Basharmal Dawlatzai, a Buber driver, says the initiative in a congested city where violence and criminal activities have been part of daily life for years, is a relief for both clients and drivers.
“It is very convenient for both sides, the customer does not need to walk to a street, wait for taxi in cold or hot weather and bargain with a taxi he or she does not know,” Dawlatzai told Arab News. “We go to their homes and drop them at their favored destination, which saves both sides time and hassle.”
He has been with Buber for two months and has taken around employees of Afghanistan’s Holding Group (AHG) that owns Buber, which in Dari means “Take me”.
AHG’s headquarters near the ancient Darul-Aman palace is tucked away behind blast walls with a sprawling compound that enjoys far better security measures than many state institutions which are the targets of routine attacks by militants in Afghanistan.
The security precautions at AHG include a series of body searches by armed guards as well as scanners and the layers of checks that make it look as if the compound is in top-secret location.
There is a different world and mood inside, and for a moment you may think that this is not Afghanistan, given the pace of its work and manner of efficiency. Groups of young sleek men and women are busy typing away on computers or discussing their regular daily activities.
AHG hopes to gallop and make Afghanistan catch up with the revolution in the field of technology that has spread across the globe in recent years.
Staff at AHG say that since its launch in 2009 the company has provided professional business services to more than 700 organizations across Afghanistan. Its clients range from small companies, non-profits and corporations to development institutions and government customers. It offers a range of services that include legal and human resources support and assistance with licensing, visas, payroll, taxation, audit and procurement.
Now, AHG is working on its new innovation, Afghanistan Technology Services (ATS), which covers Hisab (accounting) and Buber, online taxi ordering similar to Uber.
The Hisab application allows customers to pay online power and water bills and order goods for home delivery, as well as paying for Buber.
The online car ordering has been operating in Afghanistan for several years, but business is tailing off for the other two firms, which according to officials had not managed to develop an advanced application.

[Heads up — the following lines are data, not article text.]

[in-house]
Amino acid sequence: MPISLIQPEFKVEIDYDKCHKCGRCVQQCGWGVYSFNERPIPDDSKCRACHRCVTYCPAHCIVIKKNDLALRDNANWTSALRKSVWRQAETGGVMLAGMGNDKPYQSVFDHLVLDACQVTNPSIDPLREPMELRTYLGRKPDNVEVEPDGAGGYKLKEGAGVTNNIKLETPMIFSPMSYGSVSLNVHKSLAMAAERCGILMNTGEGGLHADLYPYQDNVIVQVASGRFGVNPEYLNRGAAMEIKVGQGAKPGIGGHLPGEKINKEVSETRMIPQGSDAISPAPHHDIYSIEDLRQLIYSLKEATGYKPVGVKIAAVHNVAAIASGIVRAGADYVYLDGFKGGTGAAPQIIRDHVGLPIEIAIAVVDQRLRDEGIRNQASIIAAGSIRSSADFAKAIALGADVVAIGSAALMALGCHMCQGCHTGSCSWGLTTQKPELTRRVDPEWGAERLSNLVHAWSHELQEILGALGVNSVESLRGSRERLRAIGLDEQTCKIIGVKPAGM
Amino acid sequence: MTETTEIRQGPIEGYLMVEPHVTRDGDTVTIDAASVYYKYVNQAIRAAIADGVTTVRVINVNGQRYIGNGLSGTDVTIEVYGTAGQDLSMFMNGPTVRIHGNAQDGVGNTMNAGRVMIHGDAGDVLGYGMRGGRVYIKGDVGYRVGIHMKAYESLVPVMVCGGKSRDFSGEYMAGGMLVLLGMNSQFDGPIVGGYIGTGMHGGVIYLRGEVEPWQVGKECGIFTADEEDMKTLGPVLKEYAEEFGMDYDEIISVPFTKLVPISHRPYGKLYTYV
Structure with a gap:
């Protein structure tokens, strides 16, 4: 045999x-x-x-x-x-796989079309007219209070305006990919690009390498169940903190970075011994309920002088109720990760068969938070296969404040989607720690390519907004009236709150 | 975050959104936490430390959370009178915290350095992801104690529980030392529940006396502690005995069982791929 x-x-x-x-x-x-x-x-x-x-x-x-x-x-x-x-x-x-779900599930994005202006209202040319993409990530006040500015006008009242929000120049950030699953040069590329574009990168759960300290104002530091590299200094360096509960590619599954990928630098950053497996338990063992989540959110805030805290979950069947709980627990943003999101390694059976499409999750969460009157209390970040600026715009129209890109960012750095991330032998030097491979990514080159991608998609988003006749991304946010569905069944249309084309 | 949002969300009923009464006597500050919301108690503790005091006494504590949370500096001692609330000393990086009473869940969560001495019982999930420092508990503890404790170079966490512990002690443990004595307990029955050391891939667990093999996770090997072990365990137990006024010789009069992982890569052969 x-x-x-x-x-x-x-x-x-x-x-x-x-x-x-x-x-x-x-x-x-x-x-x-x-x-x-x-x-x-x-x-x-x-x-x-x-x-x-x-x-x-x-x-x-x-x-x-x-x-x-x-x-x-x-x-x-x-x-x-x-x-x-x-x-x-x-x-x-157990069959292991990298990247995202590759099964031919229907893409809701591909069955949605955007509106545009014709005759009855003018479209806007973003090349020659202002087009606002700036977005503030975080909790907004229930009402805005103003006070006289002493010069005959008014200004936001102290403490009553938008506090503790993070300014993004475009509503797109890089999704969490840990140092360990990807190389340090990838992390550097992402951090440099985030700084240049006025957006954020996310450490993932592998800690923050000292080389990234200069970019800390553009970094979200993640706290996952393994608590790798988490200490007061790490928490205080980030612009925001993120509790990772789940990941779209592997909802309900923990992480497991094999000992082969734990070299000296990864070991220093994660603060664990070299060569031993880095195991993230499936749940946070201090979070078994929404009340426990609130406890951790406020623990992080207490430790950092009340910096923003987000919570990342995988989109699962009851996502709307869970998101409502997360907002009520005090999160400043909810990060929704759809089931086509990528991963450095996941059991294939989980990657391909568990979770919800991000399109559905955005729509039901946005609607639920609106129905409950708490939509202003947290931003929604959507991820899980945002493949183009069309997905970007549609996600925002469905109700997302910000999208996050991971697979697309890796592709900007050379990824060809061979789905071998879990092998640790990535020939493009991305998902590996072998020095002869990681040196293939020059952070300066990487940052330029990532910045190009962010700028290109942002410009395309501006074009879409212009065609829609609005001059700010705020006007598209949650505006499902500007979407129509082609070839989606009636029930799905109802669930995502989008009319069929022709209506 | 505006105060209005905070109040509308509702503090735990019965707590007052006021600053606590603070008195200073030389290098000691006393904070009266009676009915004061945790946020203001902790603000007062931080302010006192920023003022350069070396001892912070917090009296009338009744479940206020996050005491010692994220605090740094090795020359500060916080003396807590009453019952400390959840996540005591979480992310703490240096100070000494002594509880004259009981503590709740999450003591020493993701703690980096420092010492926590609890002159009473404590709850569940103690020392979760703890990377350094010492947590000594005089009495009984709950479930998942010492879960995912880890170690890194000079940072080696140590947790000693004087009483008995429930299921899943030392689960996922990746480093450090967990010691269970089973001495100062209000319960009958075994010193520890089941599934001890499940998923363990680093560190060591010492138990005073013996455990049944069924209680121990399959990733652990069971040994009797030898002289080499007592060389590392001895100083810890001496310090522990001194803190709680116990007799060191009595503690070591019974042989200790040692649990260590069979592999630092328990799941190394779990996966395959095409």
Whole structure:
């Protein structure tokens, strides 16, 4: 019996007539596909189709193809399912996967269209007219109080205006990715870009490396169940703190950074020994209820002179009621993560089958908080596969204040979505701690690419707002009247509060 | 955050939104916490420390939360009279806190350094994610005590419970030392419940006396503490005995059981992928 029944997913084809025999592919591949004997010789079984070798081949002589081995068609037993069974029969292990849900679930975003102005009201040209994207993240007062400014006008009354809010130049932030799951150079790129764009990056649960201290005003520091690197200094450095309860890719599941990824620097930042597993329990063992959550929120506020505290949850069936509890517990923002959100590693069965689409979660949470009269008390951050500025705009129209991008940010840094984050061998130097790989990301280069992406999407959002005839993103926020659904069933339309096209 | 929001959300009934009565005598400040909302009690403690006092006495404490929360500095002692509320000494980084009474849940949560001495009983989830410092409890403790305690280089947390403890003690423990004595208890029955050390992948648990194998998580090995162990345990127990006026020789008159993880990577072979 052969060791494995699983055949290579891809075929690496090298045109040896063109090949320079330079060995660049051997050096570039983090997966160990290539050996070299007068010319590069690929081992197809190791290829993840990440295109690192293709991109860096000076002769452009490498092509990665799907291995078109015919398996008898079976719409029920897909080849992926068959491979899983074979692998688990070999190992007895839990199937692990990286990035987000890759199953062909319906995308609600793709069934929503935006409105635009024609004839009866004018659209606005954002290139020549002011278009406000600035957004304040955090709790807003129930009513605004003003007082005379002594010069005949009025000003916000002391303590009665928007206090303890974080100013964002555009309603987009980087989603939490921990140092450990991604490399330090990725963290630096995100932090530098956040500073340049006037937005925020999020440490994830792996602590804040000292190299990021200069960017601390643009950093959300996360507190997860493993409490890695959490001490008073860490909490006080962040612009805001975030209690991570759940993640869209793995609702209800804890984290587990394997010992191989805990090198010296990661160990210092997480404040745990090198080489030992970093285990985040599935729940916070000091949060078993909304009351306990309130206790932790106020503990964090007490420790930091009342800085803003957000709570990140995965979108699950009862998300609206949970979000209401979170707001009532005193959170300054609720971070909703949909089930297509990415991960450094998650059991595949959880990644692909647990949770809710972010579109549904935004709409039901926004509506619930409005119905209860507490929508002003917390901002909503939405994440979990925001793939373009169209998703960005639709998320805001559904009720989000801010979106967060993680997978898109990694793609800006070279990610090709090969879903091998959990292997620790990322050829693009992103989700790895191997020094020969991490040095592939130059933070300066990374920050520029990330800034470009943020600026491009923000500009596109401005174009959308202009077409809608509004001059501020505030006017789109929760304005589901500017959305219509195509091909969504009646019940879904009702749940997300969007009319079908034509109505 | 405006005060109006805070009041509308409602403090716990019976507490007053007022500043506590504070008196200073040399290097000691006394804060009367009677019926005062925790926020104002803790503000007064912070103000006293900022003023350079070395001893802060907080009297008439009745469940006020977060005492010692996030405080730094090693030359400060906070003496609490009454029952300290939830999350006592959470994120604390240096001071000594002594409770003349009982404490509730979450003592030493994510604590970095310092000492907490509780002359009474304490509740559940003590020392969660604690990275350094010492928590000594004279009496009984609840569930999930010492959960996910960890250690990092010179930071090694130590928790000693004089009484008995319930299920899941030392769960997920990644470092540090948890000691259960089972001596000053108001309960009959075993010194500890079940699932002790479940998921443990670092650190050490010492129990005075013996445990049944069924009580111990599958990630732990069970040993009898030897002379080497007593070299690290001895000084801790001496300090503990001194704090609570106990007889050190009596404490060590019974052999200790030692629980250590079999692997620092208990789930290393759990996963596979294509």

“Technology is taking over each and every thing across the world, we do not want to be behind those guys and we would like to reach somewhere and rebuild Afghanistan. This is our mission, to rebuild Afghanistan,” said Zaheeruddin Naeabkhail, Buber’s senior manager.
Until its launch in January Buber is on a test run to make sure that the application works smoothly. It has enlisted 500 vehicles, with Kabul being the immediate target, and with the intention to expand to other major cities later.
Not many will be able to afford the Buber service: Smart phone owners and literate people are its target.
Even the drivers will have to be literate.
In a country where there is no fixed rate for taxis and customers usually bargain, Buber will have fixed prices and can come to a customer’s desired address for pick up.
In a country riven by violence and crimes, such as abductions, Buber can offer peace of mind to clients as it has a tracking mechanism which clients can share with anyone they want to for their safety, AHG officials said.
“The problem for now in the market is the security concern. We have this facility for the user as well as the driver that allows them to be able to track users through our GPS,” Naeabkhail said.
Drivers will be registered with full details for security measures and they can help the police with information if anything happens to a client between pickup and drop-off.
The application can be a great help for the customer to avoid congested areas and routes where there is protest or there has been an attack, officials said, adding this will save time for the client and money for the driver, as well as reducing pollution.
“This application is very challenging application, nobody else has it, it is not easy for others to build it easily. Afghans have developed the application themselves,” Naeabkhail said.
Roadblocks created by officials, some embassies, foreign troops and factional leaders are the key challenges and Buber hopes to address that with the help of Google, he said.
“The main challenge that we face is the map, because Afghanistan is not mapped very well. We would like the support of Google if they are willing to help us … it is like general support for the public at large and also for any company that comes later and invests.”